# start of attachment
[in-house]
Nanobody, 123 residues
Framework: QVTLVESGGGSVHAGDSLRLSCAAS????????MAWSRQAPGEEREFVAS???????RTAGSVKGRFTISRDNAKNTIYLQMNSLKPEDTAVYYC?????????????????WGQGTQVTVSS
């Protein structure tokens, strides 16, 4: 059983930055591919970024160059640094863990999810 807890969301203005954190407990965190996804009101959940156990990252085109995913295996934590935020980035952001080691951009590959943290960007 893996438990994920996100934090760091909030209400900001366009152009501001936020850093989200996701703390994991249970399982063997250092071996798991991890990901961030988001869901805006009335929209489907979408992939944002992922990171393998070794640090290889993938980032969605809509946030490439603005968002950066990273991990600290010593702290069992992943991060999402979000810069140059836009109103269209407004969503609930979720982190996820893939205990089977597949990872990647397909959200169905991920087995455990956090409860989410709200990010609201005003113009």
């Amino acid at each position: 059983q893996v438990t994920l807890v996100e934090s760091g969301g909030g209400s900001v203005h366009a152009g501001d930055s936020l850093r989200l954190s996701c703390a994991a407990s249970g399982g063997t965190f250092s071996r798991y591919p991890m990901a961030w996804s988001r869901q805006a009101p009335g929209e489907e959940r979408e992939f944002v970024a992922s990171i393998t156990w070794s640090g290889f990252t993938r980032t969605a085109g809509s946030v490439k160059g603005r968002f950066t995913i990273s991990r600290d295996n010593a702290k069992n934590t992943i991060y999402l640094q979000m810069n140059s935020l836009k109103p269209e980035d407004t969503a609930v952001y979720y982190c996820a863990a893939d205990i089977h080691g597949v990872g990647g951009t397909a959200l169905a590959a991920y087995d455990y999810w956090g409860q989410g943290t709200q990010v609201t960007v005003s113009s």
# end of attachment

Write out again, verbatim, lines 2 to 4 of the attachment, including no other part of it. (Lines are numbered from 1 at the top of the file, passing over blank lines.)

Nanobody, 123 residues
Framework: QVTLVESGGGSVHAGDSLRLSCAAS????????MAWSRQAPGEEREFVAS???????RTAGSVKGRFTISRDNAKNTIYLQMNSLKPEDTAVYYC?????????????????WGQGTQVTVSS
């Protein structure tokens, strides 16, 4: 059983930055591919970024160059640094863990999810 807890969301203005954190407990965190996804009101959940156990990252085109995913295996934590935020980035952001080691951009590959943290960007 893996438990994920996100934090760091909030209400900001366009152009501001936020850093989200996701703390994991249970399982063997250092071996798991991890990901961030988001869901805006009335929209489907979408992939944002992922990171393998070794640090290889993938980032969605809509946030490439603005968002950066990273991990600290010593702290069992992943991060999402979000810069140059836009109103269209407004969503609930979720982190996820893939205990089977597949990872990647397909959200169905991920087995455990956090409860989410709200990010609201005003113009």